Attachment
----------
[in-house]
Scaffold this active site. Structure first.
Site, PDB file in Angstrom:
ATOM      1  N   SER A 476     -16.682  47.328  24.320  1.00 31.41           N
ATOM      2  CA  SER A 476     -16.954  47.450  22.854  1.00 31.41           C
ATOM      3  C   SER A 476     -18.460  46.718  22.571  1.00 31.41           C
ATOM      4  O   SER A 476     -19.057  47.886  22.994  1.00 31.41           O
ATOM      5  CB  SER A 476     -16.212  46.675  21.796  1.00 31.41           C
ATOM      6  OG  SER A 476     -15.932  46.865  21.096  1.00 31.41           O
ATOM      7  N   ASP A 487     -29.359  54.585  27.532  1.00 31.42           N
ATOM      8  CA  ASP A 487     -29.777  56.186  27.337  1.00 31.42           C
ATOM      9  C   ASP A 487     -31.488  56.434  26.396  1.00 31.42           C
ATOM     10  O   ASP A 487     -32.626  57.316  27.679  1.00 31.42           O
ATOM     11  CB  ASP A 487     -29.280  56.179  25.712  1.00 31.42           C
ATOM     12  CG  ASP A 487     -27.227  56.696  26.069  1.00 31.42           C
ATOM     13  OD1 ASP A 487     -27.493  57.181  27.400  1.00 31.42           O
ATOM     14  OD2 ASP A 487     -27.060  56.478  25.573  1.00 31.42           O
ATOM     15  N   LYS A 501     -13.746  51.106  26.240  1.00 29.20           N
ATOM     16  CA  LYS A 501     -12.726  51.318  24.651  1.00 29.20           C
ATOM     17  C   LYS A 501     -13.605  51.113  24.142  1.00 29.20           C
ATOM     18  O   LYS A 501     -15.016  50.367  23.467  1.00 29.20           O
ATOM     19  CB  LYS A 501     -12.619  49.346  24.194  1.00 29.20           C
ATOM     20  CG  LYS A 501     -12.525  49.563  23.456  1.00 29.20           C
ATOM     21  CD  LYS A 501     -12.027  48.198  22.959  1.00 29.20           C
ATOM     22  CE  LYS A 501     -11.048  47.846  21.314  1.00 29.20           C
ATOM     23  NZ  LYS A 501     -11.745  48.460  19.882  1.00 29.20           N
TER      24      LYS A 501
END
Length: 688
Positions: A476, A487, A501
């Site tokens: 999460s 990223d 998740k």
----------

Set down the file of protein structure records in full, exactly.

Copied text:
[in-house]
Scaffold this active site. Structure first.
Site, PDB file in Angstrom:
ATOM      1  N   SER A 476     -16.682  47.328  24.320  1.00 31.41           N
ATOM      2  CA  SER A 476     -16.954  47.450  22.854  1.00 31.41           C
ATOM      3  C   SER A 476     -18.460  46.718  22.571  1.00 31.41           C
ATOM      4  O   SER A 476     -19.057  47.886  22.994  1.00 31.41           O
ATOM      5  CB  SER A 476     -16.212  46.675  21.796  1.00 31.41           C
ATOM      6  OG  SER A 476     -15.932  46.865  21.096  1.00 31.41           O
ATOM      7  N   ASP A 487     -29.359  54.585  27.532  1.00 31.42           N
ATOM      8  CA  ASP A 487     -29.777  56.186  27.337  1.00 31.42           C
ATOM      9  C   ASP A 487     -31.488  56.434  26.396  1.00 31.42           C
ATOM     10  O   ASP A 487     -32.626  57.316  27.679  1.00 31.42           O
ATOM     11  CB  ASP A 487     -29.280  56.179  25.712  1.00 31.42           C
ATOM     12  CG  ASP A 487     -27.227  56.696  26.069  1.00 31.42           C
ATOM     13  OD1 ASP A 487     -27.493  57.181  27.400  1.00 31.42           O
ATOM     14  OD2 ASP A 487     -27.060  56.478  25.573  1.00 31.42           O
ATOM     15  N   LYS A 501     -13.746  51.106  26.240  1.00 29.20           N
ATOM     16  CA  LYS A 501     -12.726  51.318  24.651  1.00 29.20           C
ATOM     17  C   LYS A 501     -13.605  51.113  24.142  1.00 29.20           C
ATOM     18  O   LYS A 501     -15.016  50.367  23.467  1.00 29.20           O
ATOM     19  CB  LYS A 501     -12.619  49.346  24.194  1.00 29.20           C
ATOM     20  CG  LYS A 501     -12.525  49.563  23.456  1.00 29.20           C
ATOM     21  CD  LYS A 501     -12.027  48.198  22.959  1.00 29.20           C
ATOM     22  CE  LYS A 501     -11.048  47.846  21.314  1.00 29.20           C
ATOM     23  NZ  LYS A 501     -11.745  48.460  19.882  1.00 29.20           N
TER      24      LYS A 501
END
Length: 688
Positions: A476, A487, A501
């Site tokens: 999460s 990223d 998740k």